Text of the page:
After logged forest, big plantations are the main user of land in Malaysia. The land that they farm was formerly the main wildlife habitat – like plantation crops, large mammals need lowlands, not hills.
Historically and globally, farmers want to keep wildlife out of their property. But farms could help sustain populations of those wild species that cause minimal damage to crops (or where the potential for damage could be mitigated) by providing space for feeding and for moving between protected areas. This would apply in the Malaysian context to oil palm, rubber and industrial tree plantations. The locations of these plantations tend to be where large-bodied wildlife used to thrive, due to fertile soils and high productivity of food plants.
Challenges: changing the perceptions of big land-owners, at both corporate and estate management levels; implementation will be voluntary
Examples: there is a sparse population of Bornean orangutans in the Kinabatangan region of Sabah, where 90% of the land is under oil palm plantations, and male orangutans travel through the landscape to mate with females in scattered forest patches. The food of Sunda pangolins (termites and ants) can be found on agricultural lands, gardens and forests. Captive propagation of pangolins will be too difficult to manage at scale, due to the difficulty of providing adequate foods. The threat to the species is excessive human offtake. An approach that has yet to be tried out consists of minimising human offtake in one or more designated large landscapes of mixed plantations and forest by agreement of participating land managers. Confiscated pangolins to be released into these landscapes.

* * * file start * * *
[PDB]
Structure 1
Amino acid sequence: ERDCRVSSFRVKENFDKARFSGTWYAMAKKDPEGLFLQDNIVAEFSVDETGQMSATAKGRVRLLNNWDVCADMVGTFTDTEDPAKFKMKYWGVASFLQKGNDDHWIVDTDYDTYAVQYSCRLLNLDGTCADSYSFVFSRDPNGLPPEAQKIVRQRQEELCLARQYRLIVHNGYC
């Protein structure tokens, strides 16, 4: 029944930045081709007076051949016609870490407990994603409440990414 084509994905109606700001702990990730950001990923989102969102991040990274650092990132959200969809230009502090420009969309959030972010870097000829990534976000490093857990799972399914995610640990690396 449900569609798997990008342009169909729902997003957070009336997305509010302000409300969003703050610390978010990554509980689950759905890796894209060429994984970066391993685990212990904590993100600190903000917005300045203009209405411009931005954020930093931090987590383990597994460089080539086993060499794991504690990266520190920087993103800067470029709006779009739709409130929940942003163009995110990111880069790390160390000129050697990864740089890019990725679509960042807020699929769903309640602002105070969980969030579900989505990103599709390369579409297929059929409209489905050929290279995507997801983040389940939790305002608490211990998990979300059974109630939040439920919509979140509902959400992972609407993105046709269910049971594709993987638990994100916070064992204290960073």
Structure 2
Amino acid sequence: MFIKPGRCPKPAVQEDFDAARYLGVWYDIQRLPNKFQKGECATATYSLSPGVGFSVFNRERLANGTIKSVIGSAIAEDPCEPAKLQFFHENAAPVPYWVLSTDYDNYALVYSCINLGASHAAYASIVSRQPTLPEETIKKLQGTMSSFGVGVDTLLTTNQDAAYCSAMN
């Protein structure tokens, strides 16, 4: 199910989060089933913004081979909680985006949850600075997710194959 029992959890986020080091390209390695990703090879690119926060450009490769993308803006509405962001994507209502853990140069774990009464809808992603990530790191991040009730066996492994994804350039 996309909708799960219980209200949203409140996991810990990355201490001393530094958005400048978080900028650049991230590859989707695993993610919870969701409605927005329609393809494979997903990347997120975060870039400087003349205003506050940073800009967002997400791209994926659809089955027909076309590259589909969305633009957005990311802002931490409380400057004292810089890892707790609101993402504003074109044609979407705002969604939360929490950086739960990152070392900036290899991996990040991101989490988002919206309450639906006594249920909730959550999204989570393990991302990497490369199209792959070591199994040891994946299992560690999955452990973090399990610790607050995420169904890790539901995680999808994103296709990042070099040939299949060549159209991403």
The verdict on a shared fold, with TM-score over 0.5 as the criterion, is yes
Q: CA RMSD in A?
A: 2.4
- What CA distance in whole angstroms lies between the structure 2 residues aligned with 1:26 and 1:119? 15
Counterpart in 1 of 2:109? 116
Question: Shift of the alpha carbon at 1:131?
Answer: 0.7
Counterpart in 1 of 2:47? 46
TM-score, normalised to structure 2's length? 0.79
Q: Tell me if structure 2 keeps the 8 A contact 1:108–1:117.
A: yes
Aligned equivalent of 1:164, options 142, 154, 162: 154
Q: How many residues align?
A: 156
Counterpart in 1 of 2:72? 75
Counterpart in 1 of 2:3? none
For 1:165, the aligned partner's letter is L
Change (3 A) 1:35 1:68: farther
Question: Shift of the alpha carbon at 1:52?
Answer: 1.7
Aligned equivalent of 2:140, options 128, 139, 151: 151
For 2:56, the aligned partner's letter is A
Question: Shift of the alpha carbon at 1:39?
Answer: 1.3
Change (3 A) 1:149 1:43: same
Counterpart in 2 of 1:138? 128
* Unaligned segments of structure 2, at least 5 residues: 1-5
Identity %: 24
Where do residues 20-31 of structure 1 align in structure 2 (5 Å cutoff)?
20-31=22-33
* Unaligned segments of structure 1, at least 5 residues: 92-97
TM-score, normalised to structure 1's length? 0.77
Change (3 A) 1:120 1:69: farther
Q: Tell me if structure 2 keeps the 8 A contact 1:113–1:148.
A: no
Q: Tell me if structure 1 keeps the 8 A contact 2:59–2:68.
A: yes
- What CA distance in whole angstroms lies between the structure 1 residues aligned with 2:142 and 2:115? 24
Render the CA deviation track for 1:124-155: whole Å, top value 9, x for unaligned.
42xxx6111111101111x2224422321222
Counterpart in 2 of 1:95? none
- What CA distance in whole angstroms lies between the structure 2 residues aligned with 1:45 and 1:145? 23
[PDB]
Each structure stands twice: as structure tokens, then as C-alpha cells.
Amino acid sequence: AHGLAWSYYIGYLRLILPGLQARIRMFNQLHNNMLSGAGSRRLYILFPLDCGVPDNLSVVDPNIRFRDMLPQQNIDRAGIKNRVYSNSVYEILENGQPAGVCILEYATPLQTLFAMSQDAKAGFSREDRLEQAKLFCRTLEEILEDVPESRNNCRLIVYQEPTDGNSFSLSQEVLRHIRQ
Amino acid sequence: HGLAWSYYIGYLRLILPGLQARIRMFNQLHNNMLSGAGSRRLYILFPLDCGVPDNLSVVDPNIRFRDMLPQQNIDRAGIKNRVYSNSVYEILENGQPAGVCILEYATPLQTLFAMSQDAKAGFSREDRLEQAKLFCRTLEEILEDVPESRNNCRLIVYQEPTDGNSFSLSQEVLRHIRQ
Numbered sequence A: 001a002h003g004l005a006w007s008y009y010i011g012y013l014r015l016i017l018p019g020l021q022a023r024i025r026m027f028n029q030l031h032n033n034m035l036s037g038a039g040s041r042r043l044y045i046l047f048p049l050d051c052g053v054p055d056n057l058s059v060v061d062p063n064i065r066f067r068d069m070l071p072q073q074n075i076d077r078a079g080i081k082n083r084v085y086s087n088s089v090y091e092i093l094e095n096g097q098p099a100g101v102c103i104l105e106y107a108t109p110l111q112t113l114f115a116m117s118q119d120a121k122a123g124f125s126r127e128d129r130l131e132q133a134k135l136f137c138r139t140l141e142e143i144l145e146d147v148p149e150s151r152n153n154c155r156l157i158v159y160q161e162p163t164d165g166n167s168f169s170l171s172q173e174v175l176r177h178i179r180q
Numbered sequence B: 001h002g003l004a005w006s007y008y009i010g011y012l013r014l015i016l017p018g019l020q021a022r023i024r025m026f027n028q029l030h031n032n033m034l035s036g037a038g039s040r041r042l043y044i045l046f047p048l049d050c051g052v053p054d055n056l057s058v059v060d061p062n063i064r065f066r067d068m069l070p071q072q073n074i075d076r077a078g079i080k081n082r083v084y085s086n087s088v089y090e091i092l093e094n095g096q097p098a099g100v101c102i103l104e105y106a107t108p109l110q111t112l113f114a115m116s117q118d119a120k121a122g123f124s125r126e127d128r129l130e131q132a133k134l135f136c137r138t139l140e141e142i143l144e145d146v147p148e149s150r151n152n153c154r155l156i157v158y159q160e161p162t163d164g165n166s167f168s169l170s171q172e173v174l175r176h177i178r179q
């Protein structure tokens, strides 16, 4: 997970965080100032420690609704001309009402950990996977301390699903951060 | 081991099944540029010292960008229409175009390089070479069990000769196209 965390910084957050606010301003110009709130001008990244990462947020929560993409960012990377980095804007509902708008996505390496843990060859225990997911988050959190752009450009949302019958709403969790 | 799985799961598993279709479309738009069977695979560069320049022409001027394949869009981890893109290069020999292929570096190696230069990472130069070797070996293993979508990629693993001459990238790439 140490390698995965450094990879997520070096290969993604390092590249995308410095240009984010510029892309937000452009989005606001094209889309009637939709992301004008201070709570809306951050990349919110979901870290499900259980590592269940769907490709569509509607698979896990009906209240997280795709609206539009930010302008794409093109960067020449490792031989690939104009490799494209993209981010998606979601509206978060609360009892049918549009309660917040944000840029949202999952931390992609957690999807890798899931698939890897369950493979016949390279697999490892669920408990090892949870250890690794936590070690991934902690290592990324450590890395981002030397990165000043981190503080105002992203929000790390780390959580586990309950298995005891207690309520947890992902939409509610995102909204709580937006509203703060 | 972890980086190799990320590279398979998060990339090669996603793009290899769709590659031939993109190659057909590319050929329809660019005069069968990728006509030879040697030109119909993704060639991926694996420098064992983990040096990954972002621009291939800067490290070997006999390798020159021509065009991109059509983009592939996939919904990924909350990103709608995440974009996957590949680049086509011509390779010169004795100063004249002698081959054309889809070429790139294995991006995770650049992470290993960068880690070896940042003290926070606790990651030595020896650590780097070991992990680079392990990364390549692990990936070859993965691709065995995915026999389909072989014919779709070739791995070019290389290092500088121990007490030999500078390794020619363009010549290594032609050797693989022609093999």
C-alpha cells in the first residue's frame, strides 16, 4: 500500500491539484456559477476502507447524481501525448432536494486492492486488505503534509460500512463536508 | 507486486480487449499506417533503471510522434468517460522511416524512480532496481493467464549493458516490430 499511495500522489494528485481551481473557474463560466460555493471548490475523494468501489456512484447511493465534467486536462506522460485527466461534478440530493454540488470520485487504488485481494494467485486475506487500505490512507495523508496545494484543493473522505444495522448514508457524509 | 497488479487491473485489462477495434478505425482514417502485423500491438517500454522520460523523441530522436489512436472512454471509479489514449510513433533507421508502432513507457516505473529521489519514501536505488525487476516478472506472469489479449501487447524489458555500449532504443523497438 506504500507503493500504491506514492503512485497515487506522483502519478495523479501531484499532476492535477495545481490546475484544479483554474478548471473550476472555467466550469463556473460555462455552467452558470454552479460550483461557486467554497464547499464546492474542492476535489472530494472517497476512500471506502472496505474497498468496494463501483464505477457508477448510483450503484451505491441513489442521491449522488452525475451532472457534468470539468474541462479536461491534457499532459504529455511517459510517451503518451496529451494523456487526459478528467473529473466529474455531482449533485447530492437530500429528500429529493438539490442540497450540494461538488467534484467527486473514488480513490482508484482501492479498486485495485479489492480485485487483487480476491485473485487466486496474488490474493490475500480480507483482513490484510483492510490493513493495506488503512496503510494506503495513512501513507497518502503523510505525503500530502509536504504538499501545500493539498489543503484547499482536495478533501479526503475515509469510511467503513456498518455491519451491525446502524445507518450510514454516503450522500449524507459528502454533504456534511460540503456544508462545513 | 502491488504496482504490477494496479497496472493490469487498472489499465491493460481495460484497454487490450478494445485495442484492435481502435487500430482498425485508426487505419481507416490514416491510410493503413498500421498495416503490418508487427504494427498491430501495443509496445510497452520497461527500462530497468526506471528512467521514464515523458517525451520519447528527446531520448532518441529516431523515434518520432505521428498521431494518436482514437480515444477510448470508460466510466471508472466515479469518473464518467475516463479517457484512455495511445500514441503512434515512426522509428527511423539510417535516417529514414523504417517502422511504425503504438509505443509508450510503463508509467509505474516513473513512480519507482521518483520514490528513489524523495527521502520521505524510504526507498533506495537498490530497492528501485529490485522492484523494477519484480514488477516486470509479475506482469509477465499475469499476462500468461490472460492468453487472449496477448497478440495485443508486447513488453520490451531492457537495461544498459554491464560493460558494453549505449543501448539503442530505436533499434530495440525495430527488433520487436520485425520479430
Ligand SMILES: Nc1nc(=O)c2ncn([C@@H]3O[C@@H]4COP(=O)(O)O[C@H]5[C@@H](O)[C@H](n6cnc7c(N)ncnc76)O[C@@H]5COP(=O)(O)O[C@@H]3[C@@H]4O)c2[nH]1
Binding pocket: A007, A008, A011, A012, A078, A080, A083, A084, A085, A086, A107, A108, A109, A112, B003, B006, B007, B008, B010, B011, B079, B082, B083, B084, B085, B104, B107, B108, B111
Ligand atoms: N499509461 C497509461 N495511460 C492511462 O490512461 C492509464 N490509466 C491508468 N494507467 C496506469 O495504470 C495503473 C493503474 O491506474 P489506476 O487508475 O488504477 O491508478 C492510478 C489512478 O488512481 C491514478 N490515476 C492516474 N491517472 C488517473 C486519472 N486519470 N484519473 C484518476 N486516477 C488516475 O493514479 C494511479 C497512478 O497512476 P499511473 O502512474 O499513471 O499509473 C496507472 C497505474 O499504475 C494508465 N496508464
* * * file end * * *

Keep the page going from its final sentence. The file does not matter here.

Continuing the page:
Possible treatment : for orangutans, work is already underway with partner oil palm plantations in Kinabatangan, Sabah, in conducting experimental habitat restoration in favour of orangutans. This is done by enriching riparian zones, slopes, infertile sites, High Conservation Value sites and other set- aside lands with orangutans’ favoured food plants. The experimental work is done by BORA as a component of the WWF Living Landscapes programme, funded by WWF-Malaysia/Unilever. The source of planting materials is primarily the Sabah Ficus Germplasm Centre.